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Brian Cowen’s monstrous red herring

I LISTENED to the Taoiseach’s speech in the Dáil on Wednesday as he addressed the response of his political counterparts in other European capitals to the Irish people’s rejection of the Lisbon treaty.

They would be “understanding” and give us “time” as the mainstream political parties sought to understand what had happened, and the outcome of the peoples’ decision could be “addressed”.

Then I heard what I could scarcely believe. It was along the lines that, as compared with such political friends, there were other political parties and forces in Europe who actually welcomed the Irish decision — and foremost among those whom he mentioned was the party of the French extremist Jean-Marie le Pen. Who in Ireland could not but feel absolute outrage at what appeared to be the underlying insinuation? Individuals of goodwill and insight voted on both sides of the Lisbon Treaty’s amendment to our constitution for reasons that seemed appropriate to them. That is what democracy is about. Having lost the referendum, to continue to castigate those who voted — decisively — to reject the treaty shows a contempt for democracy in action — which is being denied to the citizens of other countries whose governments have arrogated to themselves the right to determine how Europe should develop. To infer, albeit by insinuation, that the majority of Irish citizens, who voted no are such as to give comfort to the party of le Pen and its ilk is simply unacceptable. It is a monstrous red herring and unworthy of a man whom I regard as a democrat. Ireland’s demonstrable hospitality to our fellow Europeans from accession countries, nails this insinuation. We have nothing in common with le Pen or his ilk.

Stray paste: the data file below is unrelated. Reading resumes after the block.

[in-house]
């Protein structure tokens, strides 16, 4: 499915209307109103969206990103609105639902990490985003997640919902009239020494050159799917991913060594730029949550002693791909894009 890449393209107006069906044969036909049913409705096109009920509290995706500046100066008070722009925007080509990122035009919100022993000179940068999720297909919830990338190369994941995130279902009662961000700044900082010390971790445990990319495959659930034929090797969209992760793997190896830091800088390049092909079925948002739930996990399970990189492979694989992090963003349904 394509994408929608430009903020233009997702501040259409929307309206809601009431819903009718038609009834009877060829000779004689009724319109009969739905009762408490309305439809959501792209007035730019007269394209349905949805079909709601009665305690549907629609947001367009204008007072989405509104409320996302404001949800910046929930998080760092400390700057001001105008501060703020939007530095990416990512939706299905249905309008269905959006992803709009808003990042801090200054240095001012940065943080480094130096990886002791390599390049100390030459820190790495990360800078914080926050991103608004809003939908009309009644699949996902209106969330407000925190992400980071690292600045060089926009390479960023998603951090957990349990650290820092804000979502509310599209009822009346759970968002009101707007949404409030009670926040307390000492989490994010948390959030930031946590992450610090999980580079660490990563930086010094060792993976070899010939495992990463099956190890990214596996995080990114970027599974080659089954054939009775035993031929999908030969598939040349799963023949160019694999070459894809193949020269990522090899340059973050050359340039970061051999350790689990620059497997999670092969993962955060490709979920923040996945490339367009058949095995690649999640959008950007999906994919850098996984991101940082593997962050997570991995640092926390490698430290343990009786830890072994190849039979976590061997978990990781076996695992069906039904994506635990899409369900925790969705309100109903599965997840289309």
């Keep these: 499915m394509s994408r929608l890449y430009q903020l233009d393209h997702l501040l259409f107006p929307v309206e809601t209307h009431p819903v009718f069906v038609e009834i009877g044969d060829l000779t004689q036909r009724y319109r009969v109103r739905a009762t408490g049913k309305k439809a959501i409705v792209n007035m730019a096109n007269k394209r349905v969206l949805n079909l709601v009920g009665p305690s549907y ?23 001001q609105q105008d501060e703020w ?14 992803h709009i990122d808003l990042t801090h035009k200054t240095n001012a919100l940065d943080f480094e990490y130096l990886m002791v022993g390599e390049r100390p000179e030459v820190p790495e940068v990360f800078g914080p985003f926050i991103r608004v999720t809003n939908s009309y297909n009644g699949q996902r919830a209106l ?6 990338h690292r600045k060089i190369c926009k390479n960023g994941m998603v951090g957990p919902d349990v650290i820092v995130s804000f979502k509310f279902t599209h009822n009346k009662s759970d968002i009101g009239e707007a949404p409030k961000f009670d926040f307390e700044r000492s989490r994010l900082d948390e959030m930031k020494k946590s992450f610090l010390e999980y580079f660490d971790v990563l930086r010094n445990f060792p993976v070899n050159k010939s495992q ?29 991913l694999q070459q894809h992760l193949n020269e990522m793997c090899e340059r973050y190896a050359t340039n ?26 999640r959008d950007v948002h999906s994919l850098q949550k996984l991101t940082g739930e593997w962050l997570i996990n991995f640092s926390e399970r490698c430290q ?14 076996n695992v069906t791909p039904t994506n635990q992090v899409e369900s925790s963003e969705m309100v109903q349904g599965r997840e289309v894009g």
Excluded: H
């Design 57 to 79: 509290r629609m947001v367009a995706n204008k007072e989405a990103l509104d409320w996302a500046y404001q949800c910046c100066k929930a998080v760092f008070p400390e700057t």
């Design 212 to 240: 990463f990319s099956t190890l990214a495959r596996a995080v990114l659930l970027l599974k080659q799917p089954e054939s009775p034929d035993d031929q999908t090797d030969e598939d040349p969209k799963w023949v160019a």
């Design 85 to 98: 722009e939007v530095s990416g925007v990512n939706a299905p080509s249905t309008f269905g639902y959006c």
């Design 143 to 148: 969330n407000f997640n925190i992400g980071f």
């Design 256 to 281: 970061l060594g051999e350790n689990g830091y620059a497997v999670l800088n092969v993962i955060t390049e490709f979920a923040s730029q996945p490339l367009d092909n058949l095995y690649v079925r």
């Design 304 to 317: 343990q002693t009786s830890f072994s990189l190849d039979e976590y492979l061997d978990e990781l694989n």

Have the political establishment learned nothing at all from the outcome of this referendum — not even a little humility?

Is it really suggested that, in having the temerity to vote differently to the way that we were ‘supposed to vote’ (a freedom denied to individual members of these parties and who could not, therefore, act as true ‘public representatives’) that we are closet empathisers of Jean-Marie le Pen? Do they not even now understand that the vision of the majority of the people regarding how Europe should develop may be different from theirs? It is a vision based on community and on a non-militaristic model of grassroots democracy: please don’t mention ‘peacekeeping’ — you don’t really need to enjoin countries to increase their military budget to fulfil this vital role, least of all at a time when social services in Europe, including Ireland, are under serious recessionary-related pressures.

The mainstream political parties are simply out of touch with ordinary people — and not only on how Europe should develop.

Prof RP Kinsella


Co Wicklow


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